Patient Panuphol stays ahead #Taiwan_Masters

Fri 30 Sep 2016

Patient Panuphol stays ahead #Taiwan_Masters

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Tamsui, September 30: Thailand’s Panuphol Pittayarat was rewarded for his patience when he fired a two-under-par 70 to set the clubhouse target in the on-going second round of the Mercuries Taiwan Masters on Friday.
The 23-year-old Panuphol traded four birdies against two bogeys to lead by two shots on a six-under-par 138 total at the US$800,000 Asian Tour event which is celebrating its 30th edition.
Talented Filipino Miguel Tabuena rued a poor finish as he ended the day with a 70 while local stalwart Chan Shih-chang (72) was a further two shots back on 142 as he kept up his chase for a second straight Asian Tour victory.
Chasing for a first Asian Tour title, Panuphol stayed calm in tricky conditions after missing numerous makeable birdie putts at the Taiwan Golf and Country Club.
“A couple of under on this golf course is very acceptable. The key today was staying patient. A lot of things didn’t go my way and my ball kept bouncing away from the hole. It always turned away from the hole but I stayed patient and kept grinding,” said Panuphol.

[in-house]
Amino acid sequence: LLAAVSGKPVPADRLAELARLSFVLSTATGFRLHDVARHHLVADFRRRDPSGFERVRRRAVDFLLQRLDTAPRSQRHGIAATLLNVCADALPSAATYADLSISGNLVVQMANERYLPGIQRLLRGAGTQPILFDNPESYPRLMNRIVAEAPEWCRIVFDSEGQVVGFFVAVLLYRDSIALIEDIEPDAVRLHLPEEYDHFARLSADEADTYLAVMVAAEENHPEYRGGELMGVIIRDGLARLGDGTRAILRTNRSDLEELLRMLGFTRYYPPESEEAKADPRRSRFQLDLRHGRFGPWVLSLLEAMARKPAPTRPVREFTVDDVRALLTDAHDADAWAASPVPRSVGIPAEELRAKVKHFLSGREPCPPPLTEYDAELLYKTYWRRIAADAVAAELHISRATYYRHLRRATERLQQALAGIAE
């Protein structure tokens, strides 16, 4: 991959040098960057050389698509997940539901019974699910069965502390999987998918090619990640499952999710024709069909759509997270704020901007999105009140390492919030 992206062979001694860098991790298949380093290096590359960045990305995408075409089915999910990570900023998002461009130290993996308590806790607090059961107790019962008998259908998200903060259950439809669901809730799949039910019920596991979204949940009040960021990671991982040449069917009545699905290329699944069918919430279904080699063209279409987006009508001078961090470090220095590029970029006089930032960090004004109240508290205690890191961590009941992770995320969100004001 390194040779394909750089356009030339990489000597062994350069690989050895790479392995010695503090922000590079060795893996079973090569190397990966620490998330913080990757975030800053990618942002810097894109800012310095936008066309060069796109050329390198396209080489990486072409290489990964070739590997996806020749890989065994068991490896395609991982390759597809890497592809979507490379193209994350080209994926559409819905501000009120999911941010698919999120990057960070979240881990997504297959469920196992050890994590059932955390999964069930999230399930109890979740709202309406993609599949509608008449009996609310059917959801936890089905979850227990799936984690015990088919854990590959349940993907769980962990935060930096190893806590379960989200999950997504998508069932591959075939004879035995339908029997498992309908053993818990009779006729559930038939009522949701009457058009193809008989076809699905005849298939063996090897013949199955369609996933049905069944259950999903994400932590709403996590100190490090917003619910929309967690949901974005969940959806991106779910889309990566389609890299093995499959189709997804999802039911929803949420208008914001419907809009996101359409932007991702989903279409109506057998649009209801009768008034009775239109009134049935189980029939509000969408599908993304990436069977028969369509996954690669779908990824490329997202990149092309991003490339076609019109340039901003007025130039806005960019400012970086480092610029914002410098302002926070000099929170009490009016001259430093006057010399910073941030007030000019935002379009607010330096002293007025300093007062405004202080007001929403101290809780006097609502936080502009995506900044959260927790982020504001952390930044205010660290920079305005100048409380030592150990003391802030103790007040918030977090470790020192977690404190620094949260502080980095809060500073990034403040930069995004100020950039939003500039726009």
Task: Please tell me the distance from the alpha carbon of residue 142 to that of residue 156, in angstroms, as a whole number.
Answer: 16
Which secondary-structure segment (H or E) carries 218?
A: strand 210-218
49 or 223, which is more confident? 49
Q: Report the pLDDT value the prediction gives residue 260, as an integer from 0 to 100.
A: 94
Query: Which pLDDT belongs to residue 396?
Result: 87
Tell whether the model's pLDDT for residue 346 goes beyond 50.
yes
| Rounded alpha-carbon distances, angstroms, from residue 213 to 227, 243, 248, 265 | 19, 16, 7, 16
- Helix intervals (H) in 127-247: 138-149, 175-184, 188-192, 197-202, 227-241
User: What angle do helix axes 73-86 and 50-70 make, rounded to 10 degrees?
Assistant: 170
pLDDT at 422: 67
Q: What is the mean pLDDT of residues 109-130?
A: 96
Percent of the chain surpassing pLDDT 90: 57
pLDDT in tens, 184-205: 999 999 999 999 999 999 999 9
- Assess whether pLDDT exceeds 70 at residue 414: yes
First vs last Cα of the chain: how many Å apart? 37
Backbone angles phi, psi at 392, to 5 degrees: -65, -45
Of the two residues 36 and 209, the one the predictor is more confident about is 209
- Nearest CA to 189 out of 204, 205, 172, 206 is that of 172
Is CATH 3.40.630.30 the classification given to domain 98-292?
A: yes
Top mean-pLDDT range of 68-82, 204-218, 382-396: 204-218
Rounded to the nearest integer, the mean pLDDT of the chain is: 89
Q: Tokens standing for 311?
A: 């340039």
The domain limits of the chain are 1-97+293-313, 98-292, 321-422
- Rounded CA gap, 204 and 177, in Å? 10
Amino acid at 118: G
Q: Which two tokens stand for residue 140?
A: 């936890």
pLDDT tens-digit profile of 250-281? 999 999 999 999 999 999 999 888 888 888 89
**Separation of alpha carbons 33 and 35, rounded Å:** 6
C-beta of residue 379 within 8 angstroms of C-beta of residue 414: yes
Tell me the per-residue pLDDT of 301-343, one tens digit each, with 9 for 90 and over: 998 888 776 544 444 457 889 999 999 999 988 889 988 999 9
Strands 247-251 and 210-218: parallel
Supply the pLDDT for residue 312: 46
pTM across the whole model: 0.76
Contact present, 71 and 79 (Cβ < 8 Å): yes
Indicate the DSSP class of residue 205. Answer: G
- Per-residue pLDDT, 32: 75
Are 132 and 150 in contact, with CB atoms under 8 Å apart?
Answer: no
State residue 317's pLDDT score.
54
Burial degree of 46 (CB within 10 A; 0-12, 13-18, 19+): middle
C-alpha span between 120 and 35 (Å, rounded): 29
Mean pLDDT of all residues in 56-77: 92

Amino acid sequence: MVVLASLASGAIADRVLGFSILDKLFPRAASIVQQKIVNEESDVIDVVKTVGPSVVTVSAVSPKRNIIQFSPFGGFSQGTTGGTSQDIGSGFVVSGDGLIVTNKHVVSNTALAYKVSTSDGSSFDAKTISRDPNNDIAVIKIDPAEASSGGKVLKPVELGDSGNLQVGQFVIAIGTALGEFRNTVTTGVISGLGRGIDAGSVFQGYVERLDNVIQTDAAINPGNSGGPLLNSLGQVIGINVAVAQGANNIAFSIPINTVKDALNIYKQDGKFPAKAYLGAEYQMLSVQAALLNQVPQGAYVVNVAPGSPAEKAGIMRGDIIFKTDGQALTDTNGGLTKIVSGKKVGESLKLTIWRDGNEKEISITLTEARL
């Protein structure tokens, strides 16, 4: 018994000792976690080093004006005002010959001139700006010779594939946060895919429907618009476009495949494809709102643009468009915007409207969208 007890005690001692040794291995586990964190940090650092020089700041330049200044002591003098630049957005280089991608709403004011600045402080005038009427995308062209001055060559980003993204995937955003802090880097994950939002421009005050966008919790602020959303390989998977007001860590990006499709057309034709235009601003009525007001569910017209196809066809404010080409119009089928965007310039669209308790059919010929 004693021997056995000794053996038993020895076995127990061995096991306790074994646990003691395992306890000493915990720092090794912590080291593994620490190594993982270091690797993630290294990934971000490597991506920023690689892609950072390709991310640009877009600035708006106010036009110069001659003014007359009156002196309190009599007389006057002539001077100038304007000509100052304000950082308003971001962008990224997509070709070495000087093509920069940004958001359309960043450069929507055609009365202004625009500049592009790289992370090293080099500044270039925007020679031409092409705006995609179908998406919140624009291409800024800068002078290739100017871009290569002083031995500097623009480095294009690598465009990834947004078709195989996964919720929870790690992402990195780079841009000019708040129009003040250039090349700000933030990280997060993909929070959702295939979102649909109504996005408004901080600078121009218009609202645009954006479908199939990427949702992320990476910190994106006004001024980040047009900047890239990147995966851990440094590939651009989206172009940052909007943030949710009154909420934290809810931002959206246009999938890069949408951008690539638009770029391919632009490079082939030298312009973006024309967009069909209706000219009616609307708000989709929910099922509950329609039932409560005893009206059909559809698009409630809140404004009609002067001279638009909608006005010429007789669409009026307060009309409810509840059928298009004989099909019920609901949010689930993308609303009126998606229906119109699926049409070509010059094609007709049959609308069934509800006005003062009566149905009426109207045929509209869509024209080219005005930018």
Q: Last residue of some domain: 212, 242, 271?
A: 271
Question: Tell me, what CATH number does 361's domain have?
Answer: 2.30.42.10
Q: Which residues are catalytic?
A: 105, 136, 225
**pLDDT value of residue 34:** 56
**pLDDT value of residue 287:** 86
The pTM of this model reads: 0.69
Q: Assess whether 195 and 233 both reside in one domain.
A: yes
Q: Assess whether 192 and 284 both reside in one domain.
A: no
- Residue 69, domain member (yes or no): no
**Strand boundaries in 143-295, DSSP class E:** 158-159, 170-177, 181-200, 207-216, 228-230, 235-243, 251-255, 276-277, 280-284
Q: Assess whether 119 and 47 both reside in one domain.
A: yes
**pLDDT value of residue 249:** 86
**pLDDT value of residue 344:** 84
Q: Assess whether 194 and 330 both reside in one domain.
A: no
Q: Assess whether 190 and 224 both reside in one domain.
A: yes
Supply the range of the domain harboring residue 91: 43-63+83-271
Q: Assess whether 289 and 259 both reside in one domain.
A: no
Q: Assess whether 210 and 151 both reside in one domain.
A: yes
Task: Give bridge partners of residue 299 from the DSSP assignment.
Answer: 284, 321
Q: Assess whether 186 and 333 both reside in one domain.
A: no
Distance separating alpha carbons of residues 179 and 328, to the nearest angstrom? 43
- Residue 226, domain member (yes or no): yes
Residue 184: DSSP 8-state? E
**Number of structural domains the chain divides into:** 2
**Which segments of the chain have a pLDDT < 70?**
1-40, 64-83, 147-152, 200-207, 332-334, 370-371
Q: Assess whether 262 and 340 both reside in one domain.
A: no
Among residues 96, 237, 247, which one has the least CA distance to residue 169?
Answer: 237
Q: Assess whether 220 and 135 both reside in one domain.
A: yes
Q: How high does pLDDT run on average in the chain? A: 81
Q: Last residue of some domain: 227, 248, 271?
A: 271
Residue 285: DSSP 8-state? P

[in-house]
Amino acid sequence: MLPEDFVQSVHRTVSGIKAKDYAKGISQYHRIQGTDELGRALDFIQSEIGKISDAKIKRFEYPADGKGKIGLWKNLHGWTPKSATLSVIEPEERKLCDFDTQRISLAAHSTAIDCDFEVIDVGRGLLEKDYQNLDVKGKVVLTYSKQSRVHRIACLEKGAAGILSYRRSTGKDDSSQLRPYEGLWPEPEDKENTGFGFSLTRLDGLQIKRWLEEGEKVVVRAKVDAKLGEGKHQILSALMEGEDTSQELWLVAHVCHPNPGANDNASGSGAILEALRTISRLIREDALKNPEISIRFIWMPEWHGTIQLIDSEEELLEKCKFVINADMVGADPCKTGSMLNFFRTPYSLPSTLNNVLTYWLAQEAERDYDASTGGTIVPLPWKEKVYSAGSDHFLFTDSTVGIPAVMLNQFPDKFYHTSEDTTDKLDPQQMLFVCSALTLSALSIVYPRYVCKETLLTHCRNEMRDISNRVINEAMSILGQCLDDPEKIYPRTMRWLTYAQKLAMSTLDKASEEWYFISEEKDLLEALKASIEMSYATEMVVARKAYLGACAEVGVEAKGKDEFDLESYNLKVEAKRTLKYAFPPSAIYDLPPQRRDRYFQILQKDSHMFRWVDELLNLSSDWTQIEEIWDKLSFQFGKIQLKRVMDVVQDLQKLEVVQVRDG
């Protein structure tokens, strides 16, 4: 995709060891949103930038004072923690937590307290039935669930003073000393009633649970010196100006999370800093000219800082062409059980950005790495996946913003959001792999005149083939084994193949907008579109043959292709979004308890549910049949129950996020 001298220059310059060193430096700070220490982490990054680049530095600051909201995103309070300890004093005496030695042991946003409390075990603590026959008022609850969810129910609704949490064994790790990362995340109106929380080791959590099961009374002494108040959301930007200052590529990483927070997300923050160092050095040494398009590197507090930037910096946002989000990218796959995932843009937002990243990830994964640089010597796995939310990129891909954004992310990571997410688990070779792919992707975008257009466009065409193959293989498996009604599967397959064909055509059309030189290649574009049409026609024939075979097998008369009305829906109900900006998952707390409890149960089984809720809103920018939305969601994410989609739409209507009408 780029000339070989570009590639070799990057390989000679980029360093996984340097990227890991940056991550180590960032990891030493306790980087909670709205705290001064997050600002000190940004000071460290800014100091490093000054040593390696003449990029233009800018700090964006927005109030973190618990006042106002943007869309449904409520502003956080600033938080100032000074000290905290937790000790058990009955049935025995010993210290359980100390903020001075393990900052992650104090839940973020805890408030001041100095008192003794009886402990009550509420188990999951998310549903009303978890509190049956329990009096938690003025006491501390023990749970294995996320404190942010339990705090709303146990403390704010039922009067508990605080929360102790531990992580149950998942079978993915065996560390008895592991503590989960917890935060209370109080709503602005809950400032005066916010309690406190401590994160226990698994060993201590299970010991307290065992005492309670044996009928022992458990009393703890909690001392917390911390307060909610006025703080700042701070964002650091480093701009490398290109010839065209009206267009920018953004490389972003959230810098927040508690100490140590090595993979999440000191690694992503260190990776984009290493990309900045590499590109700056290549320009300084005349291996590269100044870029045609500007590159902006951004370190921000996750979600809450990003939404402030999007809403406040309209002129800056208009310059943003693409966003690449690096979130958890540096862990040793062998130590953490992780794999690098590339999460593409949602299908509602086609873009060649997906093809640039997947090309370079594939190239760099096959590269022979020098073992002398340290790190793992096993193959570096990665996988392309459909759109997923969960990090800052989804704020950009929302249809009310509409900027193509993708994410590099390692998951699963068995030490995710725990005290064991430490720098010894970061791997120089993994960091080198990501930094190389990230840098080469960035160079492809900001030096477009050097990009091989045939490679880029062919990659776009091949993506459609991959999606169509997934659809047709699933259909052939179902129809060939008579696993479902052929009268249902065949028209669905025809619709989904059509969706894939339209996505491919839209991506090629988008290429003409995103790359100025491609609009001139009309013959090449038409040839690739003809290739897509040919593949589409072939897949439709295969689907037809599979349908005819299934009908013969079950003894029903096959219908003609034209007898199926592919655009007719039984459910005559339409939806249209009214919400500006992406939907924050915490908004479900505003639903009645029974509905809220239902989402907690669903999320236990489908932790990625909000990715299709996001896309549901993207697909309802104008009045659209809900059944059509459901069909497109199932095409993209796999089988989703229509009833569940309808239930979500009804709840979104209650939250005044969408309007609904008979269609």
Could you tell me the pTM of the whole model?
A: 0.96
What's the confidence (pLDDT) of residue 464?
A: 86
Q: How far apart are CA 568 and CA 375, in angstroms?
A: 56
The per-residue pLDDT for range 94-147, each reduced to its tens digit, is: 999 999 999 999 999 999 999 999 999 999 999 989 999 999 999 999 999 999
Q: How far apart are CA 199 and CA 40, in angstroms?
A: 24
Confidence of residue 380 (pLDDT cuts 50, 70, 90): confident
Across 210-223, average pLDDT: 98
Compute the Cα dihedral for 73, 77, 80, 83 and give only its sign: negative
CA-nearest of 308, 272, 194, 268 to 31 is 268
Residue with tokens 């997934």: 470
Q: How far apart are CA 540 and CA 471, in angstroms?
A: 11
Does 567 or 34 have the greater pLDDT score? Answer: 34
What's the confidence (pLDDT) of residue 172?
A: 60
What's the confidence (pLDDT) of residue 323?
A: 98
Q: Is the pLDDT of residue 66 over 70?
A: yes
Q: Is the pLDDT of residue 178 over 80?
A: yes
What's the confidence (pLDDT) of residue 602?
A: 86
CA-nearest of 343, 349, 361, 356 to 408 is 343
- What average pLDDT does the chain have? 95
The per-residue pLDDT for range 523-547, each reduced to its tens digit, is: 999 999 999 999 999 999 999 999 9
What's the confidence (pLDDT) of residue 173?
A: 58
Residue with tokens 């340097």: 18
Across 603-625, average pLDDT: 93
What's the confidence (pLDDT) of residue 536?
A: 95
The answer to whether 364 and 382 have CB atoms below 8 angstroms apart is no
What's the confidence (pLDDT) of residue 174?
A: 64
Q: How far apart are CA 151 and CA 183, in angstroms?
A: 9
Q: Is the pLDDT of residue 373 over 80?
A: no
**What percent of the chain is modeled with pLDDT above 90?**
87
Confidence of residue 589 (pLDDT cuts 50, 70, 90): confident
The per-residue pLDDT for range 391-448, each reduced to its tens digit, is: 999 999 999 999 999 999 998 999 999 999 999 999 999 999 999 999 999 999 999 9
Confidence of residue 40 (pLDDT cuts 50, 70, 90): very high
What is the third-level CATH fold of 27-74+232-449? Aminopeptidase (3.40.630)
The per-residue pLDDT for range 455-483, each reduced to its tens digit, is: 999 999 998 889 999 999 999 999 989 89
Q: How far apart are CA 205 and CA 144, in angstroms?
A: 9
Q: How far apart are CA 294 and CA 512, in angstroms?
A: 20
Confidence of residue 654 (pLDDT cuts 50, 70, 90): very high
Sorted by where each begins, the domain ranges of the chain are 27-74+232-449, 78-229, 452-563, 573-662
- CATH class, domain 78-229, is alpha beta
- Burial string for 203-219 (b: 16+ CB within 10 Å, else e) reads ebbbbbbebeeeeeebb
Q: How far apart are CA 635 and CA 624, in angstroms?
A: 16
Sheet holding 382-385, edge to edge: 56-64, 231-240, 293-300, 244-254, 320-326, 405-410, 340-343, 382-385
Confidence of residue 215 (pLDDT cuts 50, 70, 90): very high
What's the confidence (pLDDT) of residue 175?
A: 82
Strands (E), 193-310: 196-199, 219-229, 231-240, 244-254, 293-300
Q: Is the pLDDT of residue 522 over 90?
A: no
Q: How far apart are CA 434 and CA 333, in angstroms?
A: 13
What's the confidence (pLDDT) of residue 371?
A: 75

He was even-par at the turn but made a charge with three straight birdies from the 13th hole before dropping his second shot of the day on the penultimate hole.
“You come out to this golf course with a tough layout and tree line, you have to be patient. You won’t hole most of the putts you expect to hole. Eventually the putts will drop!” added the Thai, who is nicknamed Coconut.
Tabuena opened with a bogey but battled back with seven birdies before his momentum came to a halt when a poor second shot resulted in a double bogey the par five 15th hole. It was a costly mistake for the Filipino who finished with bogeys on 17 and 18.
“I’m not happy with the way I finished. It was unlike me to finish like that. Making a double on a par five really hurts. I had a perfect drive and had 250 yards to the green. Unfortunately my second shot was way off from where I thought it should be. I chipped out and it got stuck in a tree root and I doubled from there.
“That got my head hot going into the next hole which shouldn’t happen because I’ve been a professional for six years. It was an amateur mistake by me,” said the 22-year-old Tabuena, who represented his country in the Olympics last month.
Ends.